Old folk at lunch

Sunday, July 30, 2017

A busy Sunday


The basic reason why I make these personal notes is that I forget most of my life with great rapidity.  I seem to have forgotten at least 99% of my life.  So much so that I can have an enjoyable dinner with friends and relatives and not be able afterwards to remember one thing that we discussed.  If I make my note of the occasion within about an hour afterwards I can remember a bit but after that I am pretty sunk.

And that arose the morning after the dinner that I put on for Nanna's 93rd.  By the time I wrote the memoir of it I could remember little of the occasion.  So when Joe and I met for our usual Sunday brunch I asked him what he could remember.  He was pretty vague too but remembered that I talked to Kate about feminism being misleading to women and causing them to make unrealistic relationship decisions.  As Kate does have some feminist sympathies I was a little embarrassed as I probably seemed a bit of a bully.

Anyway, that led into Joe and I making feminism the main subject of our morning deliberations.  Although Joe and I have very similar views on most things political, I tend to be a bit more extreme than he is.  And on feminism, my views are well out of the mainstream: I think feminism is a low-grade mental illness.  That flows from the fact that the defining mark of mental illness is loss of reality contact. And a rather clear example of such loss is the central feminist claim that men and women are not really genetically different -- though, rather confusingly,  men are still the "enemy", the "patriarchy" or some such.

Joe argued for a more moderate view -- that feminism is just another example of Leftist devotion to the Marxist view that all men are equal. The American revolutionaries  thought that in a sort of a way too -- but they attributed the equality to exist only in God's poor vision. God apparently needs optometrical assistance.

And Joe is of course right to see feminism as just a branch of Leftism  -- but I think that belief in human equality is pretty deranged too.  But Joe has the probably correct view that the Left can see reality but just don't want to.  And various Freudian mechanisms such as denial, compartmentalization and projection enable them to serve that need.

Another thing I mentioned to Joe was that I had kept the receipts from the night before and that I was a little surprised to see that the bottle of Mawson Sauvignon blanc that I had bought on recommendation had cost me $26, where the shop price is $14.  That is of course routine for a restaurant but I had some vague recollection that clubs don't usually mark up so heavily.  The wine was however perfectly nice and I would buy it again.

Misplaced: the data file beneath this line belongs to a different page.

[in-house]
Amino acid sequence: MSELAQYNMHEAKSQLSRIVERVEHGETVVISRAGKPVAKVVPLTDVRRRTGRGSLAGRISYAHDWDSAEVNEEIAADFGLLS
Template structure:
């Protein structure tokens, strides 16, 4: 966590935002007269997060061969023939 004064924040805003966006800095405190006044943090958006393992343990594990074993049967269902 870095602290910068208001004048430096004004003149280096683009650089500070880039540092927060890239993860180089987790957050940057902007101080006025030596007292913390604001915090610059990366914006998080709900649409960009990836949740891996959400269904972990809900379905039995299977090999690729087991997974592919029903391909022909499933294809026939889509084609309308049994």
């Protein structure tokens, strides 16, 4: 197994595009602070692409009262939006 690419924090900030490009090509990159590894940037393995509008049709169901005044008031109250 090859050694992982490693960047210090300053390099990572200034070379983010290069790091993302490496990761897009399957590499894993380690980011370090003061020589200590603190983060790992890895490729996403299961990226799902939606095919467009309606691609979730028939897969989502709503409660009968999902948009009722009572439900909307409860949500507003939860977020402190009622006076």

And after most of the morning discussing heavy subjects, Anne and I had an afternoon outing. It was to celebrate a great Saxon occasion:  The first  successful break with Rome by Christians -- at the hands of Martin Luther and his King, Frederick, "the wise" of Saxony -- 500 years ago.

So together with Anne's sister June we went to a "Praise Fest" at St Paul's Presbyterian church in Spring Hill.  It is Brisbane's grandest Kirk. It is a large church but it was full of geriatrics for the occasion.  So Anne and I fitted in there.



The point of the occasion was to sing Protestant hymns, which must seem rather mad for Anne and me, seeing that neither of us  I are believers these days.  But we both enjoyed our time as Protestant Christians greatly, particularly the hymns. And we still sing them together at times. We even sing them in the bedroom, which is probably bizarre but neither of us care much about what others think.

I am obviously completely incapable of judging hymns as music objectively but I do enjoy them as much as I enjoy Bach and Mozart so maybe that means something.  Bach often based his chorales on hymns, of course.

Anyway, the occasion was rather disappointing to me.  It was put on by some teacher lady who could not resist the urge to teach.  So for about half the afternoon we got lectures about the history behind the hymns rather than just singing the hymns.  I would have preferred more hymns and a lot less talk. I wished to myself that she had followed the Biblical instruction:

"Let the women keep silent in the congregations. For it is not permitted for them to speak". -- 1 Corinthians 14:34, NW.  See also 1 Timothy 2:12 .

It is an amazement to me how alleged Christians pick and choose what to believe in the Bible.  They say the Bible is God's word but seem to think that they are capable of editing God. The same goes for homosexuality, despite 1 Corinthians 6:9, 1 Timothy 1: 8-10, Romans 1:27 etc.

And the woman conducted the gathering as a service, with prayers etc.  But as far as I can gather she is not an ordained Presbyterian minister so that seemed impertinent to me. I suspect she is an attention-seeker.


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